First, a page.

> media which isn't strong.  Does anyone here disagree?

At the risk of being stoned... yeah.
I just don't consider an article that uses a photograph of mine as
illustration to be a a derivative of my work.
I don't want an article, blog or book author to have to license their
whole text under CC-BY-SA just because they use my image.
HOWEVER, I do want them to be obliged to make explicit the license of
my work, that is offer it to others under the same conditions. My
work, not theirs. That is how I think "weak copyleft" differs from
CC-BY or PD.

So "weak copyleft", if we are talking about the same thing, suits me well.

regards,
Brianna

--
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http://modernthings.org/

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Re: Requirements for a strong copyleft license

Daniel Kinzler
Brianna Laugher wrote:
[...]
> I just don't consider an article that uses a photograph of mine as
> illustration to be a a derivative of my work.
> I don't want an article, blog or book author to have to license their
> whole text under CC-BY-SA just because they use my image.
> HOWEVER, I do want them to be obliged to make explicit the license of
> my work, that is offer it to others under the same conditions. My
> work, not theirs. That is how I think "weak copyleft" differs from
> CC-BY or PD.

If fully agree - and I think many people actually already assume that this is
how it works for images (or at least, how it should work). They actually want
their stuff to be used in books, newspapers, etc, without requiring the whole
shebang to be put under a free license (which would be both, unreasonable and
unrealistic).

It would be very good to have this type of use addressed explicitly, and to be
able to choose between an as-viral-as-possible license, and more moderate
share-alike-but-use-anywhere license. For my own work, I would be fine with the
latter, just as I'm fine with releasing software under the LGPL.

-- Daniel

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Re: [Foundation-l] Requirements for a strong copyleft license

David Gerard-2
In reply to this post by Delphine Ménard
On 02/12/2007, Benj. Mako Hill <[hidden email]> wrote:

> Right. My understanding is that the resolution past by WMF is, itself,
> the request to the FSF to release a new draft of the license that allows
> WMF to migrate to the BY-SA immediately and that any conversation about
> whether the WMF will take advantage of that option to switch over will
> happen after.  Others will be able to use WMF content under BY-SA
> regardless of any future decision WMF makes.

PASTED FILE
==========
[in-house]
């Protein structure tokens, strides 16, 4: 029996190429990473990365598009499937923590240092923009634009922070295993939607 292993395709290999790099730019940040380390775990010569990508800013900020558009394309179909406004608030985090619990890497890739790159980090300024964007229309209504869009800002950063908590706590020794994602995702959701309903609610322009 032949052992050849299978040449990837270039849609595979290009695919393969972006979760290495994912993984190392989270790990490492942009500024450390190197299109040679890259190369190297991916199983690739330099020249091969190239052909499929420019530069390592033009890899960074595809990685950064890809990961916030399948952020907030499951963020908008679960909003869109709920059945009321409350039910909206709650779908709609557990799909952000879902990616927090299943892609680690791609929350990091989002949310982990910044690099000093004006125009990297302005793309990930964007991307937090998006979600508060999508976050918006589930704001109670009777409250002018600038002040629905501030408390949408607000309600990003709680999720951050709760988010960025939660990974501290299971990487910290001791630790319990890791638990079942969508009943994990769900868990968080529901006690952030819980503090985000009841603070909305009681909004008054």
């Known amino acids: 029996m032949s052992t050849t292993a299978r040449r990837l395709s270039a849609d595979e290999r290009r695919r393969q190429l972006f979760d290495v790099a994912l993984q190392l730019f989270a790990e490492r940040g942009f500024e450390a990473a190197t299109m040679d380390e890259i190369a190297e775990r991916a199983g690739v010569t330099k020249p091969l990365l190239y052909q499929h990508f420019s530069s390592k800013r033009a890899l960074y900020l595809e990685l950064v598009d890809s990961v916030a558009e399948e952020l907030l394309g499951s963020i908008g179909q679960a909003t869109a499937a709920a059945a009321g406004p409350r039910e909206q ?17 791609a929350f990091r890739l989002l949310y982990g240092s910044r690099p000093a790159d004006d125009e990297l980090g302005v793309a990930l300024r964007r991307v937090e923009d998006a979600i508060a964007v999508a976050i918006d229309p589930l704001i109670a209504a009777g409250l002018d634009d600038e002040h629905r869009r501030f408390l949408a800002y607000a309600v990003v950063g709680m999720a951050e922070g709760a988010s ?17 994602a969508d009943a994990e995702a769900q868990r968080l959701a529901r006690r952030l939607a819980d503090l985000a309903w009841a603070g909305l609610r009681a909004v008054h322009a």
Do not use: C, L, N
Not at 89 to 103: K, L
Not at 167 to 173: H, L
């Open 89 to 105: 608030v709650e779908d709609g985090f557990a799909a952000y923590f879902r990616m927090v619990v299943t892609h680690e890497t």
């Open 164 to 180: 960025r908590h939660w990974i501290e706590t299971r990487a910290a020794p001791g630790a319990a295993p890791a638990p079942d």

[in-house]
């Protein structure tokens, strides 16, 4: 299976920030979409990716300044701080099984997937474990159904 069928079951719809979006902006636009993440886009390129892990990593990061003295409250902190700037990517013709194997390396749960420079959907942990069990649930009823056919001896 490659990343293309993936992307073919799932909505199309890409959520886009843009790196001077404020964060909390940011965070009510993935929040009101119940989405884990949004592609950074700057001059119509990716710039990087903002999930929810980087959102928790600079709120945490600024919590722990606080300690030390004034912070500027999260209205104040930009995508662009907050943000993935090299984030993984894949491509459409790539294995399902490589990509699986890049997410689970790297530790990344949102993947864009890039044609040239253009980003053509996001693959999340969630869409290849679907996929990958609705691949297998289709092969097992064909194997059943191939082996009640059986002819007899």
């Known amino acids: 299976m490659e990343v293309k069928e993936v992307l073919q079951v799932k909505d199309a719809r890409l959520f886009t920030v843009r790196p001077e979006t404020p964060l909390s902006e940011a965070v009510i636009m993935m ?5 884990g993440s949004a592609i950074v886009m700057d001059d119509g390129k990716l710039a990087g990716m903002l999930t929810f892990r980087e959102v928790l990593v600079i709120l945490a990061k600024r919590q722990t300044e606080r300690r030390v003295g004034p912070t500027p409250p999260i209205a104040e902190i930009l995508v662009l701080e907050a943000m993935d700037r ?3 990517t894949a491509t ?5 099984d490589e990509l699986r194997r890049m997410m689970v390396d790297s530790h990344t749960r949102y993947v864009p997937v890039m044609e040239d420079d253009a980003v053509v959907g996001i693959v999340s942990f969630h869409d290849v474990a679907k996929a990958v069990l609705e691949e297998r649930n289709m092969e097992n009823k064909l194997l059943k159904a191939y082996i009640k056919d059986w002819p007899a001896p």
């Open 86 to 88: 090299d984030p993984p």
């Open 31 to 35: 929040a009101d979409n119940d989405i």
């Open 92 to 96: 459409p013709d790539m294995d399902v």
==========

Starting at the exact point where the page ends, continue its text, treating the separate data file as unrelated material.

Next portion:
By the way - Larry Sanger has just emailed citizendium-l to say that
this means the CZ licence will not be GFDL (which they were only
considering for Wikipedia compatibility) - that it'll be CC-by-sa or
CC-by-nc-sa. Licence decision and explanation to come soon.


[preserving truly remarkable cc: list]

- d.

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Re: Requirements for a strong copyleft license

Benjamin Esham
In reply to this post by Brianna Laugher
Brianna Laugher wrote:

> Gregory Maxwell wrote:
>
> > The question of "does anyone here want a weak copyleft license" is just
> > the far more interesting one...
> >
> > I do not believe there is any point to having a copyleft license for
> > media which isn't strong.  Does anyone here disagree?
>
> At the risk of being stoned... yeah.  I just don't consider an article
> that uses a photograph of mine as illustration to be a derivative of my
> work. I don't want an article, blog or book author to have to license
> their whole text under CC-BY-SA just because they use my image. HOWEVER, I
> do want them to be obliged to make explicit the license of my work, that
> is offer it to others under the same conditions.

I strongly agree with this.  It is simply impossible for many content
producers—for example, newspaper or textbook publishers—to release their
entire works under a viral copyleft license, but including a CC-BY-SA photo
with a mention of the license is perfectly acceptable.  I believe that an
all-or nothing approach here will elicit a unanimous "nothing!" from these
commercial content producers: requiring all reusers to release their stuff
under CC-BY-SA will be unacceptable, and so they won't use *any* copyleft
content.  We'd just be shooting ourselves in the foot.

Regards,
--
Benjamin D. Esham
E-mail/Jabber: [hidden email] | AIM bdesham128 | PGP D676BB9A
"Given that sooner or later we're all just going to die, what's
the point of learning about integers?"                  — Calvin


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Re: Requirements for a strong copyleft license

geni
On 02/12/2007, Benjamin Esham <[hidden email]> wrote:

> I strongly agree with this.  It is simply impossible for many content
> producers—for example, newspaper or textbook publishers—to release their